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WHO Calls for Climate Change Research

New findings highlight the need for more research on the impact of climate change and tropical diseases, including malaria.

May 28, 2024

The World Health Organization (WHO) recently reported that insufficient data is available on the actual and potential impacts of climate change on malaria and neglected tropical diseases (NTDs).

The WHO’s Task Team on Climate Change, NTDs, and Malaria, along with Reaching the Last Mile (RLM), a portfolio of global health programs, investments, and initiatives working towards disease elimination, released these findings after a review of more than 42,000 peer-reviewed scientific articles.

The groups found rising temperatures and changing weather patterns are altering the spread of malaria and NTDs, with the potential to place additional strain on health care systems. As the geographic range of disease carriers, such as mosquitoes, expands, so does the risk of introducing these diseases to new, unprepared areas. The WHO findings spotlight shifts in prevalence, incidence, range, and intensity of malaria and a number of NTDs.    

“The findings presented in this major review highlight the need for more comprehensive, collaborative, and standardized modelling, so that we can better understand and predict the effects of climate change on malaria and NTDs, both directly and indirectly,” said Dr. Ibrahima Socé Fall, director of WHO’s Global NTD Programme, who led the study. “This important and timely review reveals alarming trends and is a call to urgent action. Malaria transmission is likely to shift both polewards and to higher altitude, while the mosquito vector responsible for transmission of dengue and chikungunya is predicted to continue to expand its range. If we are to protect and build upon the hard-won victories of the past two decades, the time to mobilize is now.”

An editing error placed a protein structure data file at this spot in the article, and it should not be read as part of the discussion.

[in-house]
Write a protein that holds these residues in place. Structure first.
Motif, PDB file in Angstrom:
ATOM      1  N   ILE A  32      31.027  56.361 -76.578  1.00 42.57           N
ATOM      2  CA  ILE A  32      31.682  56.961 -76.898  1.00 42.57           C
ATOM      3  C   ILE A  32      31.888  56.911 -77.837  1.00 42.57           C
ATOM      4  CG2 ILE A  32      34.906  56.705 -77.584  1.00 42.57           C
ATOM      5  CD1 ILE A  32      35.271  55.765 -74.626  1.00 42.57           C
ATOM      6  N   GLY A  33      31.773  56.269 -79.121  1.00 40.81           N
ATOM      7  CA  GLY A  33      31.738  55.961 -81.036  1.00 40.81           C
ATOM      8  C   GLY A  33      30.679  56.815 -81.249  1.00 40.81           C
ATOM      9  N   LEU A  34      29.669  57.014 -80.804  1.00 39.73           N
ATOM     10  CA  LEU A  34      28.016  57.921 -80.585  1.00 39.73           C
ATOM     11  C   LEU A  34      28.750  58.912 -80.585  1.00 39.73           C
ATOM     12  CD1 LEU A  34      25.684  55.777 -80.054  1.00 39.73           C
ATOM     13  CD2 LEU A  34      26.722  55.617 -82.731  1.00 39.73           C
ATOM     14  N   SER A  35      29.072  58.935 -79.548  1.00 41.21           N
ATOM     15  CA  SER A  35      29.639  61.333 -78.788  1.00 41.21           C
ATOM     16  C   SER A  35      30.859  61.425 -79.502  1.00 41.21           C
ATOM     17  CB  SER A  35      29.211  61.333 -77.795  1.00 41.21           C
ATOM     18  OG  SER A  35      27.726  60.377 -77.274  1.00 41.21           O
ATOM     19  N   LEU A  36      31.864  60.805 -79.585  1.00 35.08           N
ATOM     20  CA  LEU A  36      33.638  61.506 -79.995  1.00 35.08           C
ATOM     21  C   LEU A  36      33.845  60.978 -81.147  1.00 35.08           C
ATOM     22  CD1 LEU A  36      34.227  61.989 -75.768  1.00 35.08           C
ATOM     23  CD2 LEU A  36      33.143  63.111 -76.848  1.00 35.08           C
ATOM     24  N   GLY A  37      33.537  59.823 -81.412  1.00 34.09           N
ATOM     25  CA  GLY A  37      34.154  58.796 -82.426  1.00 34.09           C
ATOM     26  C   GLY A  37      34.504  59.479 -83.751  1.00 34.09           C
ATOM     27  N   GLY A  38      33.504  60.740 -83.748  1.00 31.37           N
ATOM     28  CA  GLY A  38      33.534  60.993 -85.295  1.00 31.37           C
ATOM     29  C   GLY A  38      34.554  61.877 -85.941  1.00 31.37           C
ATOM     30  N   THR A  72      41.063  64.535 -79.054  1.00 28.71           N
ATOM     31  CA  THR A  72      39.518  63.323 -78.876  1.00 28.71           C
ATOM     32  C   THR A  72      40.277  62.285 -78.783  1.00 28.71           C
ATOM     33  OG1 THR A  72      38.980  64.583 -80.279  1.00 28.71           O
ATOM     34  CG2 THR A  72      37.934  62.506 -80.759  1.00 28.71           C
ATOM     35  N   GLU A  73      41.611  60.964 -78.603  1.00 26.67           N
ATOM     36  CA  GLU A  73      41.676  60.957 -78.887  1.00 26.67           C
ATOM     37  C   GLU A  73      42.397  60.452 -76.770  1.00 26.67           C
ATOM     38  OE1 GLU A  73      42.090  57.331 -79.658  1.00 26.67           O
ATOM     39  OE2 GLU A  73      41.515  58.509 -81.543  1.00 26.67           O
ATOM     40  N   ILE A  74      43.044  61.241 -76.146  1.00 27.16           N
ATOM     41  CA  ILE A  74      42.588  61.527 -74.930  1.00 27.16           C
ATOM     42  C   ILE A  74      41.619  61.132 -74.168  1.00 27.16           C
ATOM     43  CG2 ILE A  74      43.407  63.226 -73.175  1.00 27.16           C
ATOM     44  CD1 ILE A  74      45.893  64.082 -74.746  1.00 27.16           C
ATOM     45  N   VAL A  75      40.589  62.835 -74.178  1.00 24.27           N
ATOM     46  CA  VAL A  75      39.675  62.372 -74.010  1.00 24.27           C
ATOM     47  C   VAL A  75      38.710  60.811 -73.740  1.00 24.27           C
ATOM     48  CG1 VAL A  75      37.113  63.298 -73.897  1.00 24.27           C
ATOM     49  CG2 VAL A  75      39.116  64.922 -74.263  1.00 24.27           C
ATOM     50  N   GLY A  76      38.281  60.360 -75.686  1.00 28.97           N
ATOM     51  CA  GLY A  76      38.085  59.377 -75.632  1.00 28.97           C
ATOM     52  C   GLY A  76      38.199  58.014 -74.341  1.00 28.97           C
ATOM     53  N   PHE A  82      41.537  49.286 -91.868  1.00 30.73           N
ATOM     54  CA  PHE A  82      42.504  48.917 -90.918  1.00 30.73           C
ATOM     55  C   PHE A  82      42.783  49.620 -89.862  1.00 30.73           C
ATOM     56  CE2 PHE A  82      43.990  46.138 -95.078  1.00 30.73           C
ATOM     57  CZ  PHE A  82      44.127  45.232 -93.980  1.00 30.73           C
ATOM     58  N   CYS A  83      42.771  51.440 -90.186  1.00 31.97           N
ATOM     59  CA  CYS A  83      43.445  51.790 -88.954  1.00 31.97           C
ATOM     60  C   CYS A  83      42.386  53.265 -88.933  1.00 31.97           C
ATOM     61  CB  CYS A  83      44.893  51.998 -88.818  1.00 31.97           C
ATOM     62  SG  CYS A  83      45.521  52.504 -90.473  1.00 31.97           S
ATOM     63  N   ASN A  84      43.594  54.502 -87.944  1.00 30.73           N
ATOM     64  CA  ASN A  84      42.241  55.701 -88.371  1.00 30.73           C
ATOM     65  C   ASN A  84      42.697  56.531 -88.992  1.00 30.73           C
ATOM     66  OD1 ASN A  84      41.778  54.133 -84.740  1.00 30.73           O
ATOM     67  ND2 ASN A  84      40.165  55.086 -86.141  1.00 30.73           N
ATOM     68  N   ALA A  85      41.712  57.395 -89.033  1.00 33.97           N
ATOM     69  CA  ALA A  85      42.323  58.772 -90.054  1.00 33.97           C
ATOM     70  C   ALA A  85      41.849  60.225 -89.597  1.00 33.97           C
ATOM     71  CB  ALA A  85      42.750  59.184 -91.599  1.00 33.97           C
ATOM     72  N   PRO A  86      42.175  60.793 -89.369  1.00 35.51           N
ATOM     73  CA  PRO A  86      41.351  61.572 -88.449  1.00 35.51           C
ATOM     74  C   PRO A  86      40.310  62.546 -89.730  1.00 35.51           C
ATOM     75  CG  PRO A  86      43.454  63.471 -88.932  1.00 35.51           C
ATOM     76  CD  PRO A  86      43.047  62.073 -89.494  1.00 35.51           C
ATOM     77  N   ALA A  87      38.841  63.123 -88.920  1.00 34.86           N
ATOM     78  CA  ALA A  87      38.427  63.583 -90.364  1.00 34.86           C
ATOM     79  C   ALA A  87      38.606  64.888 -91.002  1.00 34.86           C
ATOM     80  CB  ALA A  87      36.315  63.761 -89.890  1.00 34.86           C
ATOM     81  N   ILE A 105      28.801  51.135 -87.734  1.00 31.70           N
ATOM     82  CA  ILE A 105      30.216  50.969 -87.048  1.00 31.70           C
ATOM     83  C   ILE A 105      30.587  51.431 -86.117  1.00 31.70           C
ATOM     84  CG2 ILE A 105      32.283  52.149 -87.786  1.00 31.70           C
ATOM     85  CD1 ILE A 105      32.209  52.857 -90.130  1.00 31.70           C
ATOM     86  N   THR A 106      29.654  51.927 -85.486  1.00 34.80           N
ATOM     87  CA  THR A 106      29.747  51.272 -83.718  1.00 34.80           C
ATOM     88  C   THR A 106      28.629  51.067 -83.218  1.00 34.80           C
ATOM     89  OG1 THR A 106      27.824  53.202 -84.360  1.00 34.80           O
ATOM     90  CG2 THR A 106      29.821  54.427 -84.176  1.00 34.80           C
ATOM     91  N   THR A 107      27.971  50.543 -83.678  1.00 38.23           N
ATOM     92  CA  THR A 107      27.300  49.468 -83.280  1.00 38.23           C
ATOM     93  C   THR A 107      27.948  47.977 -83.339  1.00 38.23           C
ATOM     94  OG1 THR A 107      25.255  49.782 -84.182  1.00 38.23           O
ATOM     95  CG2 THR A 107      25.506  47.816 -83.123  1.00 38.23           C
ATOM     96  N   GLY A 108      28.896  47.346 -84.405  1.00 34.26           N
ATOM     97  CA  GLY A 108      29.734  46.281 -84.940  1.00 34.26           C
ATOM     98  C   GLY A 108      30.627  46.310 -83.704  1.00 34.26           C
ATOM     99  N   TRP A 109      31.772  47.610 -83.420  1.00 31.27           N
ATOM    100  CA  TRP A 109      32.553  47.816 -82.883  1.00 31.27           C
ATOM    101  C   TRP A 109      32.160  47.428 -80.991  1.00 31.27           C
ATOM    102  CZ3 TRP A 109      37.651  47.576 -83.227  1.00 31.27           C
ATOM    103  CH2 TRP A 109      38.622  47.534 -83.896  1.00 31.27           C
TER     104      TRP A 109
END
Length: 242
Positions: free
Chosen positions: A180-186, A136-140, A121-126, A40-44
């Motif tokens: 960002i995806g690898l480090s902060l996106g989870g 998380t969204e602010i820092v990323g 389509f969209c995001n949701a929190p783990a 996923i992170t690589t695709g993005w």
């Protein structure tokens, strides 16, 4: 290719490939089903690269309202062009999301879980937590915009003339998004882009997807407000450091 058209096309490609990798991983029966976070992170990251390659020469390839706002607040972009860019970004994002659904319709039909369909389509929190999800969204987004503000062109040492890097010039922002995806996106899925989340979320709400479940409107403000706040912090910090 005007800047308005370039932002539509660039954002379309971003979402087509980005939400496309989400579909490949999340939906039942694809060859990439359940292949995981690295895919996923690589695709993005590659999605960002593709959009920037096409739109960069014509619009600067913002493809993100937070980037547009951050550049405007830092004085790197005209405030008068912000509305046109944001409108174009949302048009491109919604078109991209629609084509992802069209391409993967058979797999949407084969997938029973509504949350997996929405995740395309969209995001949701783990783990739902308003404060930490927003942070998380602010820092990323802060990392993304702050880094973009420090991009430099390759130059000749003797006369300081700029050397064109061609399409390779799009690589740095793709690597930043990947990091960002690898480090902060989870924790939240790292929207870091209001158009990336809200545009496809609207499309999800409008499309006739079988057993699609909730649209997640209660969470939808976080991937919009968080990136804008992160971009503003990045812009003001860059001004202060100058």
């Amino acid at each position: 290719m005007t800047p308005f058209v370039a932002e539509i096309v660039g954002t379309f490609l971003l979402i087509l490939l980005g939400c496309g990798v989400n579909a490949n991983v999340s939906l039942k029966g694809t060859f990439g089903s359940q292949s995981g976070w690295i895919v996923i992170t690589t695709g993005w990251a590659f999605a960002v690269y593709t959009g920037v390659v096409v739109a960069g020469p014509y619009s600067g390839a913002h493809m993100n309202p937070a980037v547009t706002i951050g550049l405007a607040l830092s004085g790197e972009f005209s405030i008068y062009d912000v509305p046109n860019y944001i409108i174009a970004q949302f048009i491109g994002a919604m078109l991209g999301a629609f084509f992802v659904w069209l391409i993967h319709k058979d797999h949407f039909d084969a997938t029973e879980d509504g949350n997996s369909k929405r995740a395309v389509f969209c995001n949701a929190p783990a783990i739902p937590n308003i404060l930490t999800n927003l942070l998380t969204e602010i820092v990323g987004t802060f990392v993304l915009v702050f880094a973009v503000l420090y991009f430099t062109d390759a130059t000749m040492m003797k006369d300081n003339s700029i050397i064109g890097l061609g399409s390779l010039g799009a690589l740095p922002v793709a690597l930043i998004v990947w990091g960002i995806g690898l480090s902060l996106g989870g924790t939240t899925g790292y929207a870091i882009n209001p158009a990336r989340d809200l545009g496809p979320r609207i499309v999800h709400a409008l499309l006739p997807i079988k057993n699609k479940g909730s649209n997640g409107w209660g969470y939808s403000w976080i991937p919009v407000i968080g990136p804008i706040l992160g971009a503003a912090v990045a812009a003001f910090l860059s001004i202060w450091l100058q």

“We have recently seen the consequences of extreme weather events on malaria, and they are only predicted to become more commonplace,” added Dr. Daniel Ngamije Madandi, director of the WHO’s Global Malaria Programme.

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